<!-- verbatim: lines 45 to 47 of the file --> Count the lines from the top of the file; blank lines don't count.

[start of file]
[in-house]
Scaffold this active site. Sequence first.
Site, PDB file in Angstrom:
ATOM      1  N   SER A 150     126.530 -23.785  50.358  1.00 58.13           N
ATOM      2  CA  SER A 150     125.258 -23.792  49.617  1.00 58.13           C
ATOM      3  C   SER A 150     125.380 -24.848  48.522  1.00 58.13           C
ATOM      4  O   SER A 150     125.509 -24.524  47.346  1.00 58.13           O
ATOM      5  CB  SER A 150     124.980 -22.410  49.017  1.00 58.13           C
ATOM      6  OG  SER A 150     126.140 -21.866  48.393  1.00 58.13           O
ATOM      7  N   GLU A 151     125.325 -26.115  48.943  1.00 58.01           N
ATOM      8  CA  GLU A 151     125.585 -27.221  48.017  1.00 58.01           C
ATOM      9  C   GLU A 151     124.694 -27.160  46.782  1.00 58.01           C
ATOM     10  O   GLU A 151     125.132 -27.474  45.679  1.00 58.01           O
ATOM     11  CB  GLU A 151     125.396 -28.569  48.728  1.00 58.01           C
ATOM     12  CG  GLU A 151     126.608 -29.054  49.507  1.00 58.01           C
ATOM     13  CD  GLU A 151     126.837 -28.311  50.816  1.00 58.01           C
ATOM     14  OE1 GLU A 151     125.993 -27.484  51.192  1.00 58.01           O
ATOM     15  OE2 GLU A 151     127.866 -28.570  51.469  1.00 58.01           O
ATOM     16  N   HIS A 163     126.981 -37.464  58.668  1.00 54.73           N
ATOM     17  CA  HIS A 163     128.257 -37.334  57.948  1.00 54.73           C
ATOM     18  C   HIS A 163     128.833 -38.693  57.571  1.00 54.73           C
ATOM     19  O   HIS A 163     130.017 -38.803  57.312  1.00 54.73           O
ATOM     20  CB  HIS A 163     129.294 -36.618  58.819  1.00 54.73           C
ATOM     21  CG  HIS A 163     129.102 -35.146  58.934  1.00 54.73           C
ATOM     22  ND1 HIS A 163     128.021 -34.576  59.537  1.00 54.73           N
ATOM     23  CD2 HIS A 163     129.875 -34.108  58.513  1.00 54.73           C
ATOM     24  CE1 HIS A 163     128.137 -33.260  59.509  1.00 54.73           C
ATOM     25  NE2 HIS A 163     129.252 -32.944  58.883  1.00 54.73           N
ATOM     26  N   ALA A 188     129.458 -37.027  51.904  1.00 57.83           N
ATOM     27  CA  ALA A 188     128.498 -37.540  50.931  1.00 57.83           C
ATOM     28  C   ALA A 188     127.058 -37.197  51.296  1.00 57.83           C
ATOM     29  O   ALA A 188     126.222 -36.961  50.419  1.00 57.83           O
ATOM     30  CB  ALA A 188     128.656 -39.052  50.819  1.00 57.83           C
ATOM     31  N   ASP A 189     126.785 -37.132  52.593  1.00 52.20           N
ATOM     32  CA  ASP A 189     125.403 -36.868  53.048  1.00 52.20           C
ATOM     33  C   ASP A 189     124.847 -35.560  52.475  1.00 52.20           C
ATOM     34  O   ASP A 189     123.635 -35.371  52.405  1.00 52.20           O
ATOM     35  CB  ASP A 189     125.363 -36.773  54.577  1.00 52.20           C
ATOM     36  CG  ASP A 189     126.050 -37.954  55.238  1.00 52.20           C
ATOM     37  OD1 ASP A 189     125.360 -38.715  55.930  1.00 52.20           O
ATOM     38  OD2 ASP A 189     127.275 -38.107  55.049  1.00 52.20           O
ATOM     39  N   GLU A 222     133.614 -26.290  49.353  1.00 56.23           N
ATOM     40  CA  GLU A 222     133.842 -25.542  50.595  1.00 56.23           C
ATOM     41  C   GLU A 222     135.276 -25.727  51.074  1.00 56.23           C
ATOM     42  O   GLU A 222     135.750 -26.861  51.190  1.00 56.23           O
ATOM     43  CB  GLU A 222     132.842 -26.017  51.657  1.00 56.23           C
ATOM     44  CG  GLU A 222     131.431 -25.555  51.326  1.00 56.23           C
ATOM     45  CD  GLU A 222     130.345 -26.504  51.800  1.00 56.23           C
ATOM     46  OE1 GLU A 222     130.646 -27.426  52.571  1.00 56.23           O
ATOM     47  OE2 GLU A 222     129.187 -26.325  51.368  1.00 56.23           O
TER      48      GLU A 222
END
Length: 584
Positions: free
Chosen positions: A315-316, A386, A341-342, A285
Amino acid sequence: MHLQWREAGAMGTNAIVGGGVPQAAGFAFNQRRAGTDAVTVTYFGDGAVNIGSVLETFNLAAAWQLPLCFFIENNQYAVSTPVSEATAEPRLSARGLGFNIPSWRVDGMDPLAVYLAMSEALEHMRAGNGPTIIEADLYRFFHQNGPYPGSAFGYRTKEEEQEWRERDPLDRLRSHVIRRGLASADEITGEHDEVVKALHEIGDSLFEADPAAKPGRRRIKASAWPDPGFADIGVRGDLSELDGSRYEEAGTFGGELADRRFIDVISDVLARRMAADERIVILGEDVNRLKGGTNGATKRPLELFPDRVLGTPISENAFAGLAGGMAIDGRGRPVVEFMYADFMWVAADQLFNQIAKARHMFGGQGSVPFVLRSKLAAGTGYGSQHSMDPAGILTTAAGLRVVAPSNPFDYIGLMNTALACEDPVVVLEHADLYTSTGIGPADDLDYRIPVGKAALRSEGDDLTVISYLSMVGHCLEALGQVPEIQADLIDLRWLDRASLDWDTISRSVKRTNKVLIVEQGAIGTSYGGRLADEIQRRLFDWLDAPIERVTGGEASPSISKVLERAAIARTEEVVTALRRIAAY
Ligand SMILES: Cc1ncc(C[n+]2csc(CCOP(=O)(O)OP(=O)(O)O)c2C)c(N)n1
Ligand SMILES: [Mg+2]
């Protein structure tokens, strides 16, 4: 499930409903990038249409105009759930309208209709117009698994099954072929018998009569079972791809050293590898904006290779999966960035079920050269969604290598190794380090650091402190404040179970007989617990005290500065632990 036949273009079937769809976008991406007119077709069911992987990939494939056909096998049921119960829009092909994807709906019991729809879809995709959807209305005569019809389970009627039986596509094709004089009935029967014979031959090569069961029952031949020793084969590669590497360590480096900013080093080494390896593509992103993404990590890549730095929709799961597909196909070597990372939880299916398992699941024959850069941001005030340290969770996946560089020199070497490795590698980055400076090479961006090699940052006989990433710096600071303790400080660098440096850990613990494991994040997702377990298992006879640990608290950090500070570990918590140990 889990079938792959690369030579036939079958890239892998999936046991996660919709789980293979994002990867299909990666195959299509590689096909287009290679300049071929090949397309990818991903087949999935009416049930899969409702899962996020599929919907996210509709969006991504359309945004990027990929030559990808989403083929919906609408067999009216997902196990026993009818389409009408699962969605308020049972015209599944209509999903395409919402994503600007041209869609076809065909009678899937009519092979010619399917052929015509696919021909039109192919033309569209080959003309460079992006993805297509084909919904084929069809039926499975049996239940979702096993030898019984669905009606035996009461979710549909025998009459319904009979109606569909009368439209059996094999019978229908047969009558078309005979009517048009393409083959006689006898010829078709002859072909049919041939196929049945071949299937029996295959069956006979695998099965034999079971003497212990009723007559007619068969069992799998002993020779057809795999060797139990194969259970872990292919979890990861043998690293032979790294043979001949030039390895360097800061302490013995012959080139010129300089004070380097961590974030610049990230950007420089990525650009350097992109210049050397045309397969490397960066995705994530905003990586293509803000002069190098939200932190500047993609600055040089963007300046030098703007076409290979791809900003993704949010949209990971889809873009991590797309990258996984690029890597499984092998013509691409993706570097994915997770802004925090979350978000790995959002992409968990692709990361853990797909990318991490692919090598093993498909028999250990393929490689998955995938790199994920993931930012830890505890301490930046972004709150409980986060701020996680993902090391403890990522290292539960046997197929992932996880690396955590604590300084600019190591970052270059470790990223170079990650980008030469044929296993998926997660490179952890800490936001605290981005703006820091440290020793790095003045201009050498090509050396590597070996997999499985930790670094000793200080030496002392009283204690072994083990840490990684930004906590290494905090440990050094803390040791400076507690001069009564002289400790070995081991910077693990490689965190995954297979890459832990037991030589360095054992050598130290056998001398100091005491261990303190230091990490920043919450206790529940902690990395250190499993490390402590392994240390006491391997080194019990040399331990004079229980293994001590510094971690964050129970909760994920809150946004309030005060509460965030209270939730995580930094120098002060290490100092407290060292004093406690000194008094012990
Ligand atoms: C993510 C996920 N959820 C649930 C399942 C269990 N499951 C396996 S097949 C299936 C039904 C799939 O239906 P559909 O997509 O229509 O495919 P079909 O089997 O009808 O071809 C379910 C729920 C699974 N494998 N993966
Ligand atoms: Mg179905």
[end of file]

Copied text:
ATOM     42  O   GLU A 222     135.750 -26.861  51.190  1.00 56.23           O
ATOM     43  CB  GLU A 222     132.842 -26.017  51.657  1.00 56.23           C
ATOM     44  CG  GLU A 222     131.431 -25.555  51.326  1.00 56.23           C